Gray Lensman starts in the middle of a battle scene. It is clear who the reader is supposed to cheer for and jeer against, but is also clear that you are supposed to know more about the two sides. I read my last Lensman book about three years ago. Obviously that was too long of a withdrawal. The novel refers to events and characters as if the reader knows their motivations and history, and honestly, little of it was bringing back to mind
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The Fizza
4 STARS - I'm sure this had happened to everyone, you learn about something new to you and start seeing aspect of it everywhere.

It's like when you watched Monty Python and realize... 'Yes! That song I've heard everywhere was in this movie' or 'That's where SPAM, the term for unwanted in emails, came from' (or maybe that's just me).

If you have experienced something like that, which how can you not have, than you'll understand what I was feeling when I first learned about these Lensmen books, of
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Tomer
Jan 05, 2019 rated it it was ok  ·  review of another edition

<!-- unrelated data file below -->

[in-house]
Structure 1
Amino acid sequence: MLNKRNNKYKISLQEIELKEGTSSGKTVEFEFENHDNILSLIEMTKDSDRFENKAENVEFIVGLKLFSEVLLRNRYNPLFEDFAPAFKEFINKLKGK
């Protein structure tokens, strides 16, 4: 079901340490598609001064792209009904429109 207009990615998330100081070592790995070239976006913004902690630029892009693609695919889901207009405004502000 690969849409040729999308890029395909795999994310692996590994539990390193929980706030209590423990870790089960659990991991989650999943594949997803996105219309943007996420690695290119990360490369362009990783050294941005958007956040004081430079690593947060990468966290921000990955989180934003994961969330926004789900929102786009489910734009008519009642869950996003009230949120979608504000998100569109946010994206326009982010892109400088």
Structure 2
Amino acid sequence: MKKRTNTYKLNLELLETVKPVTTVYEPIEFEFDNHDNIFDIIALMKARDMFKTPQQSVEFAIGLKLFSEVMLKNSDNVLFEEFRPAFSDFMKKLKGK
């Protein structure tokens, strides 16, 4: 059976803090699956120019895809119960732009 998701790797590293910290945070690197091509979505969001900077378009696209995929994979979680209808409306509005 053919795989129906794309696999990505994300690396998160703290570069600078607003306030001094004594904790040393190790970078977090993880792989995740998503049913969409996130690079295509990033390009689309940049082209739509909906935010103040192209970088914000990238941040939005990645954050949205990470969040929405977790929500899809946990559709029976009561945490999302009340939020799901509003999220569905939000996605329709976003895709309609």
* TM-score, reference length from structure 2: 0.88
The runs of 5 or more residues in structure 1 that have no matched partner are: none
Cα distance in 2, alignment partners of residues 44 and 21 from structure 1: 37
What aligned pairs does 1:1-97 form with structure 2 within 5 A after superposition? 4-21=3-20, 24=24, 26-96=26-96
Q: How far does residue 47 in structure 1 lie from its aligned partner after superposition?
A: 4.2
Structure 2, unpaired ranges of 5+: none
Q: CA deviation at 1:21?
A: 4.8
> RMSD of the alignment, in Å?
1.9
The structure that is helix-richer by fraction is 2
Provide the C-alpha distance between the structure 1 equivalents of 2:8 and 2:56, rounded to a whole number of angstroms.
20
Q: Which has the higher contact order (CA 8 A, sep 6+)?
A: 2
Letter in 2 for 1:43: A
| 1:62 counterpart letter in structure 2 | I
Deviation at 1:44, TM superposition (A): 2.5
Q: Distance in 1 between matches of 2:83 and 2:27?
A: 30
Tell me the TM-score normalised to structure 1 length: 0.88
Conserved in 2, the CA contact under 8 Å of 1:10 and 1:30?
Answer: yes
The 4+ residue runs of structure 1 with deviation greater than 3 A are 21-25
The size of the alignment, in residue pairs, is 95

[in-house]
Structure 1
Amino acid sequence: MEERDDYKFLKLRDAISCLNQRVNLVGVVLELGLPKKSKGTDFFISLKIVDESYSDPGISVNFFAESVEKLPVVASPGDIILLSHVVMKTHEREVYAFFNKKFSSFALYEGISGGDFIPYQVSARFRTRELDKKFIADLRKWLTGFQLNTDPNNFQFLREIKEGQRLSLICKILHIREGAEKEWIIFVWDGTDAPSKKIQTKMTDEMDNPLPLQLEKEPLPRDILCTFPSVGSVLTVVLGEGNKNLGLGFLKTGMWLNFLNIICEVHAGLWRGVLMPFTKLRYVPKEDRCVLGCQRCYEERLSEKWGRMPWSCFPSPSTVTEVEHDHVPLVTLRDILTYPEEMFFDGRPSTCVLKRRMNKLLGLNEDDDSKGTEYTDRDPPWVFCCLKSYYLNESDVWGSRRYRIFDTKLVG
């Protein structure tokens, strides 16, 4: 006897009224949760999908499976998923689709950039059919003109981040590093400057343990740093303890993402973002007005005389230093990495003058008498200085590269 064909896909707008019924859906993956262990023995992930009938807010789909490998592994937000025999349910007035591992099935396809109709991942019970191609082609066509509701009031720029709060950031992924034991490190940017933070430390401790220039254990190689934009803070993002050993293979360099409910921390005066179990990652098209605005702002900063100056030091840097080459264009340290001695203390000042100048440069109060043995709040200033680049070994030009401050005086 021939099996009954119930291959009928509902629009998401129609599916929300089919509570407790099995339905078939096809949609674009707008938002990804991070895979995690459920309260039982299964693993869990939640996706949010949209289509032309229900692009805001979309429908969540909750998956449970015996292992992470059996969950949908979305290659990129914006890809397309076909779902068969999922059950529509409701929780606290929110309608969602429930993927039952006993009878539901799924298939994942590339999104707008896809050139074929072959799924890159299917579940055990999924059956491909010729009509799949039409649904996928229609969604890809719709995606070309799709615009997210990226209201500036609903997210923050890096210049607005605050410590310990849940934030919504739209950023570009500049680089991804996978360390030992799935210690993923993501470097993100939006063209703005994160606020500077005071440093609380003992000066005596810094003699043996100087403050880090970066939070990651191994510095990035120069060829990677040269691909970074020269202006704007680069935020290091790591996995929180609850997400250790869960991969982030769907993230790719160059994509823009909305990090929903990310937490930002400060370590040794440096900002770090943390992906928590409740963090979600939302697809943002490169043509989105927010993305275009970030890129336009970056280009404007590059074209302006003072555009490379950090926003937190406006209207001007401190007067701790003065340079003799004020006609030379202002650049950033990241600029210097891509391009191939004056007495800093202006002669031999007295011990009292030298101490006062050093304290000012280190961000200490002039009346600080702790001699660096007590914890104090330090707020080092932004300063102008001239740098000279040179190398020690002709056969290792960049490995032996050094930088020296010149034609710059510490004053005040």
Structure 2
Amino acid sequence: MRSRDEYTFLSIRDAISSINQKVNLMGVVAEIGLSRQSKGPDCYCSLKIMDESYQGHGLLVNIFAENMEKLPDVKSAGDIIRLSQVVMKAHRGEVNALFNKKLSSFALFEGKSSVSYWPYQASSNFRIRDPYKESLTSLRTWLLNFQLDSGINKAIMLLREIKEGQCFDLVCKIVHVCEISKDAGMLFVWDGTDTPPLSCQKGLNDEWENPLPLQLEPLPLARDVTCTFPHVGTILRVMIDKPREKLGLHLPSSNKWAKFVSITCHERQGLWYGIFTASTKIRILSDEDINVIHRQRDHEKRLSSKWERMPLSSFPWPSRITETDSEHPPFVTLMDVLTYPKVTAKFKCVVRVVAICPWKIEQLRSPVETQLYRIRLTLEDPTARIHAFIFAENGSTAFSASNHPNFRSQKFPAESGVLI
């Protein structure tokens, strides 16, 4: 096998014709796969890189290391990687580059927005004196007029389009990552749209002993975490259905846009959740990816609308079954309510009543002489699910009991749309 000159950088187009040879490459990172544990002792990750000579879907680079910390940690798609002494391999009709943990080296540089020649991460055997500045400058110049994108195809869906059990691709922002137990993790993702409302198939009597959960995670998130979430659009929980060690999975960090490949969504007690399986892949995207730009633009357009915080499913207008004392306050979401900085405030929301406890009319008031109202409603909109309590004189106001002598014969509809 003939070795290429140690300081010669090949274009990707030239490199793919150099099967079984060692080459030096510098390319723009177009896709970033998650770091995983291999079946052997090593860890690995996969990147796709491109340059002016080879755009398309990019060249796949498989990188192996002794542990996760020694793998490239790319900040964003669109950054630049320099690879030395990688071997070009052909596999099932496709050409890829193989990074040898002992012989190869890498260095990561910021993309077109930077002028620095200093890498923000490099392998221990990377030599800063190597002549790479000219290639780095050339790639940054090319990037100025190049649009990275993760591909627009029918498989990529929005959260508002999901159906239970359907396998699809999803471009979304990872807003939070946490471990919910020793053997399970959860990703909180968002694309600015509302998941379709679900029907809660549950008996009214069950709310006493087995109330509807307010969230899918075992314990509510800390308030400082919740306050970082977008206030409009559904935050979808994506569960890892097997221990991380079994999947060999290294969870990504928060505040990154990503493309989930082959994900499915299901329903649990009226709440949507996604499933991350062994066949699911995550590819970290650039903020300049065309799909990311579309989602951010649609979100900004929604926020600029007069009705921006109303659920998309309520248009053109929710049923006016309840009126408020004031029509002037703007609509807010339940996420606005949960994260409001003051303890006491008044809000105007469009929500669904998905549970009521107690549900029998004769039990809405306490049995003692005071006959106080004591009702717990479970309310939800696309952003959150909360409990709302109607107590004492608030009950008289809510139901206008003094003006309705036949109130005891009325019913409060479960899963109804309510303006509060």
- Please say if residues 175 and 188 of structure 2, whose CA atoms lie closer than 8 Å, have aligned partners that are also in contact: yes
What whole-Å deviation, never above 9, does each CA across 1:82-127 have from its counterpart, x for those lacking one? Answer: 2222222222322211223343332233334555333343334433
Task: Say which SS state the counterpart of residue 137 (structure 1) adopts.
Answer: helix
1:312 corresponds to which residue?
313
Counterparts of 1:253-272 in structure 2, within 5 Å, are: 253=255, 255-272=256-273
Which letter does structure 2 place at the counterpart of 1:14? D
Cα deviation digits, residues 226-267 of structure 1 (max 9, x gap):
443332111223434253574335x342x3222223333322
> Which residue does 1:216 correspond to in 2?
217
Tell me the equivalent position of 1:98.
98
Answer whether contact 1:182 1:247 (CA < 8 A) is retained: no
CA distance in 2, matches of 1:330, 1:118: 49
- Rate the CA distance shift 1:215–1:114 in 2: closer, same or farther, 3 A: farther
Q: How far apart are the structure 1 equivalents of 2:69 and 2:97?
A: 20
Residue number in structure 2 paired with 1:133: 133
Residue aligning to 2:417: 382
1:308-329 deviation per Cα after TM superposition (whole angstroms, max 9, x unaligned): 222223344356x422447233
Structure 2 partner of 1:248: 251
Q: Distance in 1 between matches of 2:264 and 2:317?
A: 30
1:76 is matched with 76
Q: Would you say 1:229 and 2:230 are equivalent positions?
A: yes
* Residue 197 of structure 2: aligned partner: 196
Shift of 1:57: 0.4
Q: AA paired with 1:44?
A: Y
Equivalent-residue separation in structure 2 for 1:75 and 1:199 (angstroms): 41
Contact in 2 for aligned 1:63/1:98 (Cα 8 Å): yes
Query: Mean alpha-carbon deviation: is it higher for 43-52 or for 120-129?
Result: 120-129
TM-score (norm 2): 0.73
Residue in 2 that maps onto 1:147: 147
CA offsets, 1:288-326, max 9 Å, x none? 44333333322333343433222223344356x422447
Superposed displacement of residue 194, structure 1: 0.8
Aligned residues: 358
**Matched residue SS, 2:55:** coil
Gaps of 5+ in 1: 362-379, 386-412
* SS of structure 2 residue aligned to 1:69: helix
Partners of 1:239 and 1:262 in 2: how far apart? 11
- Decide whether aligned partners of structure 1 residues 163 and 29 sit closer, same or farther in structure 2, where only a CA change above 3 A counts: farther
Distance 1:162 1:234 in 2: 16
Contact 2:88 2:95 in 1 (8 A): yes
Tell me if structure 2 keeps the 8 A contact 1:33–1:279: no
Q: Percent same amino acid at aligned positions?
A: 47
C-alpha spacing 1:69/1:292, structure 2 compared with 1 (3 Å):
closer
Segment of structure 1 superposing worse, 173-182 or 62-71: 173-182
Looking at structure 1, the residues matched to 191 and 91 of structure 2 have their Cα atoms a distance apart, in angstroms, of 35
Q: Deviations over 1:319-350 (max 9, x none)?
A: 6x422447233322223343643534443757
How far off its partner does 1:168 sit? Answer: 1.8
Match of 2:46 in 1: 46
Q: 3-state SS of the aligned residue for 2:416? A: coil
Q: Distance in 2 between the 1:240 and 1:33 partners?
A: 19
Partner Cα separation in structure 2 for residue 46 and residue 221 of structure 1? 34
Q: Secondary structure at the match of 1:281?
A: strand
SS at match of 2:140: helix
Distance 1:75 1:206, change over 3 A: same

Shelves: space, sf, audio
2.5, rounded down for being somewhat tiresome {though expected for a work from almost 80 years ago}. It reminded me of what would later be The green lantern core with a bit Buck Rogers. It does deal with various questions such as the individual and its relation in society and different societies as a whole. Unfortunately this swashbuckling across the stars had a tendency to be somewhat overly pompous in today's {my} eyes.
PS I have not read the previous books in the series, which may have
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Gar
May 11, 2009 rated it really liked it  ·  review of another edition
This review has been hidden because it contains spoilers. To view it, click here.
Simon Mcleish
Mar 29, 2012 rated it liked it  ·  review of another edition